The Impact of Changing Technology on New Discovery Rules
The new federal e-discovery rules take effect on December 1st. How will technology changes affect the application of these rules?
A recent software demo caused me to ponder this question. The “reasonably accessible” standard of amended Rule 26(b)(2)(B) guides allocating the burden and cost of discovery. New technology may alter that burden and cost. For example, magnetic tapes, which contain enormous quantities of corporate data, are often considered relatively inaccessible. But what if the restore cost drops dramatically?
I saw a demo of Index Engines, which provides an appliance that reads multiple back-up tape formats and indexes them at “wire line” speed. The result is a full-text searchable, de-duplicated database that is 5% to 8% the size of the original materials. Lawyers can do searches to identify which specific tapes should be restored.
I am neither a backup tape nor FRCP expert. But it seems that the easily restoring tapes across formats, without requiring original systems, and compressing them significantly may well change what courts consider “reasonably accessible.” This product seems to lower the cost of figuring out what’s on back-up tapes.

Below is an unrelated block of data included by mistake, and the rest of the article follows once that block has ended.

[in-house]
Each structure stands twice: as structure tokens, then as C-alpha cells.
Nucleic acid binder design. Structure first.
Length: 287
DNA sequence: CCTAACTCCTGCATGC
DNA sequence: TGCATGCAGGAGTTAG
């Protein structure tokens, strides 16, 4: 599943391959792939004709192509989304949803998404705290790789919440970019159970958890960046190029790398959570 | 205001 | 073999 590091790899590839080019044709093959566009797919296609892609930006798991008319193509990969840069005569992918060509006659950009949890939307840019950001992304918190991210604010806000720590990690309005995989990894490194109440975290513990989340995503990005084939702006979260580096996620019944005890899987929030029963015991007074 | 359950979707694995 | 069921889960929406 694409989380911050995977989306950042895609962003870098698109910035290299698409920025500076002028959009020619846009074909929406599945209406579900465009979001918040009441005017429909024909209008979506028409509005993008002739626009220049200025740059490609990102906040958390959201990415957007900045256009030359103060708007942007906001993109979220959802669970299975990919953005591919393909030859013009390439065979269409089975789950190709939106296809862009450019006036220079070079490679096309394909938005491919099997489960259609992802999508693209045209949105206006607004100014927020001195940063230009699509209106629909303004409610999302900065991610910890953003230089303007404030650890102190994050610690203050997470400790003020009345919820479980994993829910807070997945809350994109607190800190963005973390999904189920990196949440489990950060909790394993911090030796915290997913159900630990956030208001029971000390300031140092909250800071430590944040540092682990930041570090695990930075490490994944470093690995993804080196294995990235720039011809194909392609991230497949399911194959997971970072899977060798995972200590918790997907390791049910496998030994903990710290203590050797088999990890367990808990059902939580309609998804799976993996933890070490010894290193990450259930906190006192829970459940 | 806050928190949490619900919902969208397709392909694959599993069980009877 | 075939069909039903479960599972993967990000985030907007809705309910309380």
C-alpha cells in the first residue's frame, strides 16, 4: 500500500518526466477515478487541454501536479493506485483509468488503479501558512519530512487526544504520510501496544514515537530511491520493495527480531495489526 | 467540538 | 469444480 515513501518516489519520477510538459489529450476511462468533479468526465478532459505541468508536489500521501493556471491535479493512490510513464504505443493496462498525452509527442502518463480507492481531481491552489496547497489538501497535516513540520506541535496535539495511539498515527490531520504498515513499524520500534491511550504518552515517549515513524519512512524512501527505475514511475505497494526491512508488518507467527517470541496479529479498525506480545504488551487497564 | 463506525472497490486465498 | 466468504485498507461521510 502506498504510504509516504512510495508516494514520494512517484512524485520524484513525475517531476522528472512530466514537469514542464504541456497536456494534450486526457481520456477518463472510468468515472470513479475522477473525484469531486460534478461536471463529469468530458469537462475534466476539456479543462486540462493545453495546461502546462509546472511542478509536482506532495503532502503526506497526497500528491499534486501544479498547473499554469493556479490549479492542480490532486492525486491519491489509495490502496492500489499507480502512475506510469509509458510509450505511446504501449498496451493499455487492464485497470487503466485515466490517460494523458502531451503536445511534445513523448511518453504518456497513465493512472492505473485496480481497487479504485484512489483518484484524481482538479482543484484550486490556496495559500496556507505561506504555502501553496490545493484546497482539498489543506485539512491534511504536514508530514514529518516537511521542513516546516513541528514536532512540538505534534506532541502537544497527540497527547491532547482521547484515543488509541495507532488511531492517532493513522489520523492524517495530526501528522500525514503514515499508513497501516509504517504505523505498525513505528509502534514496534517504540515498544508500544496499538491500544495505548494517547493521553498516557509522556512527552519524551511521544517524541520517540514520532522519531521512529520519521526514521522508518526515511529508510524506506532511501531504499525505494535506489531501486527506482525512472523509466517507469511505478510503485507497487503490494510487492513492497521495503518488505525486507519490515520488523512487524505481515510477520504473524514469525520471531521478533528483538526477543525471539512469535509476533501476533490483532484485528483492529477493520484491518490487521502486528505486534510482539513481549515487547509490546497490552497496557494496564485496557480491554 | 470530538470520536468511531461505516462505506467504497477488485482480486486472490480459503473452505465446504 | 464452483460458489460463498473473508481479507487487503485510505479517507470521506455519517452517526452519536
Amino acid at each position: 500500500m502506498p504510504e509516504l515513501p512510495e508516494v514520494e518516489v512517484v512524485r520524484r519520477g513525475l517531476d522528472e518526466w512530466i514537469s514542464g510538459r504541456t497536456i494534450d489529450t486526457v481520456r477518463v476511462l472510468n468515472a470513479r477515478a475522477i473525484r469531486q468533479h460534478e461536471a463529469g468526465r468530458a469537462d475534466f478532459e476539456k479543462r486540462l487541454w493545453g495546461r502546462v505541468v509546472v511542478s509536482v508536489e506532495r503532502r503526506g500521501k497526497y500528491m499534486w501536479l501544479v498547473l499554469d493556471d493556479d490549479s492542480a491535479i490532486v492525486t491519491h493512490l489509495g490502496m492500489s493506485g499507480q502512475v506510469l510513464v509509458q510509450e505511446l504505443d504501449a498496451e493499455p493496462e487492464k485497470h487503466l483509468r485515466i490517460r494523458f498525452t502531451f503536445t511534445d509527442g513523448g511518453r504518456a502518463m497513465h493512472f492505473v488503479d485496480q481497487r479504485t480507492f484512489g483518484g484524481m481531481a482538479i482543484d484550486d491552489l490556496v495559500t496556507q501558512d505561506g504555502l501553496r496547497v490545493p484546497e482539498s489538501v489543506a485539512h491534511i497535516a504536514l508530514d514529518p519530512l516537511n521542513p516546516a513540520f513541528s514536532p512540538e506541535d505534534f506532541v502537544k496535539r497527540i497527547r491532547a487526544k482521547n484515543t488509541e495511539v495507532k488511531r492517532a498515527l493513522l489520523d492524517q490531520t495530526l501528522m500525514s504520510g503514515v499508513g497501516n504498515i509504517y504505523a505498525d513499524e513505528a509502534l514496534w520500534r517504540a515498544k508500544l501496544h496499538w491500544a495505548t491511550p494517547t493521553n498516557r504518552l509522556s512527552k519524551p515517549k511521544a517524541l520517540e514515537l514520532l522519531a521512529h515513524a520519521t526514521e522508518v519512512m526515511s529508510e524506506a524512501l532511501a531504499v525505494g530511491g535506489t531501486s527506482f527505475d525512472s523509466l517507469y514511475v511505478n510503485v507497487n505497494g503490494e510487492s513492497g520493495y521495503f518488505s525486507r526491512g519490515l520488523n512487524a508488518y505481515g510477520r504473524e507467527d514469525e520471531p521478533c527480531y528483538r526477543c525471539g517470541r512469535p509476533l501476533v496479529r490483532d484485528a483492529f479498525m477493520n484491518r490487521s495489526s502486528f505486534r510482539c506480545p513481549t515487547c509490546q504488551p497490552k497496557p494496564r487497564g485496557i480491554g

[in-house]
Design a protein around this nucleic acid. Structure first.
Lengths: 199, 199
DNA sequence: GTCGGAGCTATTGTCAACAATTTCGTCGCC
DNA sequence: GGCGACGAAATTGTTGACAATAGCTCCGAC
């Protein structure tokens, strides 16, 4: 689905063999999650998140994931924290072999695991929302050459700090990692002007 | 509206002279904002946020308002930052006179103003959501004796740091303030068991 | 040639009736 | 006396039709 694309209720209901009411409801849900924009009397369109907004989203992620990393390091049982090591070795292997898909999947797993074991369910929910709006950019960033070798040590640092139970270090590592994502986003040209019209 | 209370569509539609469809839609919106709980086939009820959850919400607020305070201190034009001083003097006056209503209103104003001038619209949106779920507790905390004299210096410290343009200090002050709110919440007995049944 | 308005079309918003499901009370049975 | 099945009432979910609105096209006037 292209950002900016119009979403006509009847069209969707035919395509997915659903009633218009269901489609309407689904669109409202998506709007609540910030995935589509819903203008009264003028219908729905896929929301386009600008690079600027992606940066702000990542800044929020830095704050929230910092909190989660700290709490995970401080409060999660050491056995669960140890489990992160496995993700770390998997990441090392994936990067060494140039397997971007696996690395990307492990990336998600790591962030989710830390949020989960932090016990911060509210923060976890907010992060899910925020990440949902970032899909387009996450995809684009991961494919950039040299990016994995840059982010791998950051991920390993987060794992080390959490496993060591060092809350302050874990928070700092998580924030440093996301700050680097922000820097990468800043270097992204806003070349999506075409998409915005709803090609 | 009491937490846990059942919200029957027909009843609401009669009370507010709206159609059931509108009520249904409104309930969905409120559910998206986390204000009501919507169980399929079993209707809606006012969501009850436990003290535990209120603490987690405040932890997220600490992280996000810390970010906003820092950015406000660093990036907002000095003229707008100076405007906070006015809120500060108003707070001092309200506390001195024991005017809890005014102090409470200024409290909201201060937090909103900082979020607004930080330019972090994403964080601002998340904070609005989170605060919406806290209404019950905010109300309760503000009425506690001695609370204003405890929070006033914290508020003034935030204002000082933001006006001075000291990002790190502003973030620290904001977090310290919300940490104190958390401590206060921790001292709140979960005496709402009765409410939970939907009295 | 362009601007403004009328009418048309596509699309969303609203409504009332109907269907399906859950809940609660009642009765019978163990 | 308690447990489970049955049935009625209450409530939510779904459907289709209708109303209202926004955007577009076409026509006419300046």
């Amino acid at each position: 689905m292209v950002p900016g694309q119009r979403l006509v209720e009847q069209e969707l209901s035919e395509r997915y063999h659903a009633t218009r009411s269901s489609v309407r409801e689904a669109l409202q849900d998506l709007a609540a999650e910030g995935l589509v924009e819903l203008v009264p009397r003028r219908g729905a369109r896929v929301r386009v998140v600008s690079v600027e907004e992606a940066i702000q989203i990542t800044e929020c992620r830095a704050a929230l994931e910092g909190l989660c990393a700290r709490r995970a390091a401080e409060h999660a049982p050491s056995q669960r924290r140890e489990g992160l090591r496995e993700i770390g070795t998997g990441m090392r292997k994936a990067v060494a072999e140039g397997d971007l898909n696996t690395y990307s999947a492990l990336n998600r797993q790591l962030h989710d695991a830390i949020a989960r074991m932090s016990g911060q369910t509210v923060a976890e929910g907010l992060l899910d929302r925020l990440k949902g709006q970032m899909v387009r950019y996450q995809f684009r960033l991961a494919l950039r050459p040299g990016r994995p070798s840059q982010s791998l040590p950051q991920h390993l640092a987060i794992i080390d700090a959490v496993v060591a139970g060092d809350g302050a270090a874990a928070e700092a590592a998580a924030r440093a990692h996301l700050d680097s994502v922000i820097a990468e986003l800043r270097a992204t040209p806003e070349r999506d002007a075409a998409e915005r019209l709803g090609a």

I think the broader implication is that lawyers must keep current on technology options. Inaccessible media today may well be all too accessible tomorrow. Reading tech trade journals may be as important as reading legal publications.
We may see a “reasonability ratchet.” Acceptance by just a few courts of a new approach may spawn a standard other courts find hard to ignore. In a loose opposite of Gresham’s Law, good technology will drive out bad. Whether this is good probably depends on your perspective. The technology cost may go down but the lawyer review time and costs up.
[Note: Index Engines may well have direct competitors – I did not research this. I have no relationship with this company. When vendors offer possibly interesting demos, I sometimes accept and then sometimes blog about it. My analysis may be wrong but I don’t have a vendor- or technology-driven bias.]
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